The EESC seeks to boost the impact of the European Citizens' Initiative on its 10th anniversary

On European Citizens' Initiative (ECI) Day 2022, hosted by the EESC on 2 June, speakers and activists stressed that a more impactful ECI would also be more popular.

The EESC celebrated a decade of European Citizens' Initiatives with an event taking stock of the achievements and challenges and looking forward to the future. Speakers and activists painted a mixed picture, with some remarkable successes standing side by side with shortcomings and weaknesses, among which impact, accessibility and visibility stood out.

"We are celebrating the 10th anniversary of this still unique transnational participatory tool," said EESC president Christa Schweng as she opened the event. "Ten years is a long time: we have definitely gained some experience. But it is also very short: we still have to learn, improve and make sure the ECI gets the place it deserves in the EU institutional process."

The EESC president announced the EESC's decision to take a stance on relevant successful initiatives before the European Commission actually responds to them, starting with the Save the Bees ECI. The EESC will also pay special attention to young people and monitor how Member States are taking up the possibility of lowering to 16 the minimum age for signing an ECI – an option that has so far become a reality in one Member State, in addition to three others where the voting age in general is 16 or 17.

Commission Vice-President Dubravka Šuica stressed the link with the Conference on the Future of Europe, saying: "The ECI is an example of the institutions' ability to adapt, change and improve our engagement with citizens. Our focus must be on continuing to develop an ecosystem of democratic innovation and citizen engagement and participation in democracy."

MEP Helmut Scholz suggested that, if the European Parliament were to acquire the right of legislative initiative through treaty changes following the Conference on the Future of Europe, it could take it upon itself to make sure that successful ECIs are followed through. "Citizens are not the object, but the subject of democracy in our societies, and the subjects of democracy must have the right to decide and influence policymaking," he said.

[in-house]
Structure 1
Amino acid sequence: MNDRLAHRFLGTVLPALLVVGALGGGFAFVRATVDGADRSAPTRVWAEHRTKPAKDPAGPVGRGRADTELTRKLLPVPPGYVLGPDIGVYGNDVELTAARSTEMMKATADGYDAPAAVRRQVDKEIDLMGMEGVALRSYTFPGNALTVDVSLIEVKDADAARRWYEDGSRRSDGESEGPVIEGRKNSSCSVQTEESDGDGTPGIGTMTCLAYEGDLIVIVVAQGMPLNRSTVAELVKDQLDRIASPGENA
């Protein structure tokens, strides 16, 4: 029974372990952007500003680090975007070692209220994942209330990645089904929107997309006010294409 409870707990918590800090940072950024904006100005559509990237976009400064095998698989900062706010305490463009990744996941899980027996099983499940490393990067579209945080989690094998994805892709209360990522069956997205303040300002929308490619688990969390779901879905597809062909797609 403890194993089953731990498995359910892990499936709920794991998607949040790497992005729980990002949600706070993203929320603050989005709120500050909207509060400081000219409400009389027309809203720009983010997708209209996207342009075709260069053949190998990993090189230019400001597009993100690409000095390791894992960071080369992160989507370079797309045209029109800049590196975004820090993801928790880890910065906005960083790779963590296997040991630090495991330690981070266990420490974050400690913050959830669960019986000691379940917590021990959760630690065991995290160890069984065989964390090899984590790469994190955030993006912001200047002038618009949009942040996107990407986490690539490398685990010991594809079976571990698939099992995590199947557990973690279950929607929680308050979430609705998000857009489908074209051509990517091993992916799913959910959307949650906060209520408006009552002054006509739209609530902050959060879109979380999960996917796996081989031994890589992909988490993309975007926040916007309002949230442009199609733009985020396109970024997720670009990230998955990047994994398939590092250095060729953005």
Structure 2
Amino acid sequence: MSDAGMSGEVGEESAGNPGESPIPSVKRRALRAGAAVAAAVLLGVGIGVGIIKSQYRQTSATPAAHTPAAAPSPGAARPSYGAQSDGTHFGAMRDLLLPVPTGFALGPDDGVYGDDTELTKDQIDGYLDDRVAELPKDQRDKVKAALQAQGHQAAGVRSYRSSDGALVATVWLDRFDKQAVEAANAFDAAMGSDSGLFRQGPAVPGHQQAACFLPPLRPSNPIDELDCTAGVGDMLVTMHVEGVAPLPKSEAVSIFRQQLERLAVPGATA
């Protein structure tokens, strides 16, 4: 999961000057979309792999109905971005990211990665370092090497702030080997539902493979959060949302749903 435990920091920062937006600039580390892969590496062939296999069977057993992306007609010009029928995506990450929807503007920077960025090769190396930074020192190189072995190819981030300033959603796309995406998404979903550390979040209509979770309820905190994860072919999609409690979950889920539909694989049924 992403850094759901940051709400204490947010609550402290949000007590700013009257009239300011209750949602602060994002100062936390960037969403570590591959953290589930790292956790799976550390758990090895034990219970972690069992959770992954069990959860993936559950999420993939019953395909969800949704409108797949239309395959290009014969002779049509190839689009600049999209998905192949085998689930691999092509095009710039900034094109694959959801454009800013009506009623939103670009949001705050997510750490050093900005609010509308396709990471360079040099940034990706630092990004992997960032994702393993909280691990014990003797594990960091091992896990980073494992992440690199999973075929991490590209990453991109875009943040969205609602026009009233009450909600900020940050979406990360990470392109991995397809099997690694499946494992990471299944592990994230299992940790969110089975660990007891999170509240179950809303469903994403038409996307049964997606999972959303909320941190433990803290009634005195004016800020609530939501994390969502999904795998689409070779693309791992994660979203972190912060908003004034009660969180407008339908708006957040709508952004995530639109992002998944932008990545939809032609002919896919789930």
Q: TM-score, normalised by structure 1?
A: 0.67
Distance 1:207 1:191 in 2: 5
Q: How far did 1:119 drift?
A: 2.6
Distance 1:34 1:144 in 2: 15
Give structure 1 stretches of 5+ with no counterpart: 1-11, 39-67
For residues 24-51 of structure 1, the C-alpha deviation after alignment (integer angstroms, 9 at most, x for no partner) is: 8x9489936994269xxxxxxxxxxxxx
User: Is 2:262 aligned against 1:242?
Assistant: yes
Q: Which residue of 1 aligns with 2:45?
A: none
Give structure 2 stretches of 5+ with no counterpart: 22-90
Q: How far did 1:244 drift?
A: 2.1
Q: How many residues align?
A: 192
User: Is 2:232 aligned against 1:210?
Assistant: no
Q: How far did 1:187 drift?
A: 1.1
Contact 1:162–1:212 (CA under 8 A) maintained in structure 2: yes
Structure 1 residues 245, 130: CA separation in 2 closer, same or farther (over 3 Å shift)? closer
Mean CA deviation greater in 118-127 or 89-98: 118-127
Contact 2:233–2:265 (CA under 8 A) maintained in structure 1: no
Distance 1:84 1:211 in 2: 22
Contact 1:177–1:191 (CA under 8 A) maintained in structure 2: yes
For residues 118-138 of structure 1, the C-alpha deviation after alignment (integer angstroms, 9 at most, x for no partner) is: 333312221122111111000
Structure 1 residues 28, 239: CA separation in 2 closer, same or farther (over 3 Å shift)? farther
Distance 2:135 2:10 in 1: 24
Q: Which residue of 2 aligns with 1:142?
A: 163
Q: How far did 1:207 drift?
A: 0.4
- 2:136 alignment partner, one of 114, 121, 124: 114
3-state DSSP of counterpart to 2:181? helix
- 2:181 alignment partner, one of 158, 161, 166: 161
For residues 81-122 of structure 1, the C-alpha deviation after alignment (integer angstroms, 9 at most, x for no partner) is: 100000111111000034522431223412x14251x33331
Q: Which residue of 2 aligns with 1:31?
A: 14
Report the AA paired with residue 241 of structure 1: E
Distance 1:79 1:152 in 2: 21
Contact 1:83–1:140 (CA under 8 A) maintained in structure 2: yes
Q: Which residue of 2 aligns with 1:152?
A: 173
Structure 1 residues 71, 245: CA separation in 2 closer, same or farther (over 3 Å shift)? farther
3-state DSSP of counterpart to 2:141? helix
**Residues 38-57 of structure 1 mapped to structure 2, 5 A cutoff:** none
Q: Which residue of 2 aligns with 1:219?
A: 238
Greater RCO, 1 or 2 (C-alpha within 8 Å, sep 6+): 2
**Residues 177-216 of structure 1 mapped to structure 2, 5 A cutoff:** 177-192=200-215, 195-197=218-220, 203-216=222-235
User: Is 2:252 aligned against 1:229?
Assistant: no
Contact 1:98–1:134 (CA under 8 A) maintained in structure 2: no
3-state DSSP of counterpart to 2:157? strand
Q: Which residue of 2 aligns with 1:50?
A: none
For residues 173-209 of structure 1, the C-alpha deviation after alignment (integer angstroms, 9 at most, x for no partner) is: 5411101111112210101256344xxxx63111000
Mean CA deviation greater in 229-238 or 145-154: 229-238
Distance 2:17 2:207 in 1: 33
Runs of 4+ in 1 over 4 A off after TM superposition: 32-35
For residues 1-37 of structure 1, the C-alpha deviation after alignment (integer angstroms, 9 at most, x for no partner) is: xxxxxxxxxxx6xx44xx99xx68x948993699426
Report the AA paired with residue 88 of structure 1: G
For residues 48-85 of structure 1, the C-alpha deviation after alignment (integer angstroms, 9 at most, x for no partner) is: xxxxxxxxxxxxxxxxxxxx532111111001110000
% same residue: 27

The secret of success

One workshop zoomed in on the success of recent ECIs, such as End the Cage Age, Save the Bees and Stop Finning. Their initiators agreed that, in the absence of substantial financial resources for campaigns, whose cost they estimated at some EUR 300,000, the backing of NGOs or NGO networks was key to obtaining the required one million signatures. People trust them, they stressed, and because they trust them, they are more willing to sign and provide the personal details and information required from signatories by Member States.

The story of Stop Finning was a case in point, with a campaign that managed to collect 500,000 signatures in its last month. A snowball effect was triggered in that final push, as smaller NGOs attracted bigger ones. When a social media influencer finally joined the campaign, the ECI hit its target pretty quickly.

The ECI and the next generation

One session looked at the popularity of the ECI among young people, who rank high among initiators, though not among the most successful ones. Speakers discussed how the institutions could encourage more young people to use tools like the ECI. They said that new EU tools have to be created together with young people in order to be successful. Young activists also stressed that political education at a young age is necessary across the EU to prevent such tools from being accessible only to the highly-educated few.

In these ten years, 90 ECIs have been launched by more than 800 people, who have collected over 16 million signatures from across the EU. However, very few of these ECIs have managed to collect the required one million signatures and even fewer have obtained a positive response from the Commission, among them Ban Glyphosate. Nevertheless, some of Right2Water's requests were incorporated into the Drinking Water Directive. The most recent successful initiative, End the Cage Age, will be followed up, with specific legislation to be proposed by the European Commission in 2023. Some 20 ECIs are underway at the moment. Three are in the verification process, while 17 are currently collecting signatures across the EU and many of them did so at the event.

While some initiators, such as those of One of Us, expressed disappointment with the tool, others, like the representative of Ban Glyphosate, said they had achieved more than they could have hoped for. Making this the prevalent experience was one of the concerns running through this event.

Bruno Kaufmann, global democracy correspondent at SWI, highlighted the wider importance of ECIs: "In these last 50 years, the European Union has changed from a remote, cautious international government to today's highly tangible, confident transnational democracy. The ECI is part of this dynamic, empowering reality. It is also an inspiration for people around the globe. By standing up for democracy at a critical point in time when democracy is coming under pressure everywhere, we have made history – and I fear, but also hope, that we will be called upon to make more history in the years to come, in the name of Europe and in the name of democracy."

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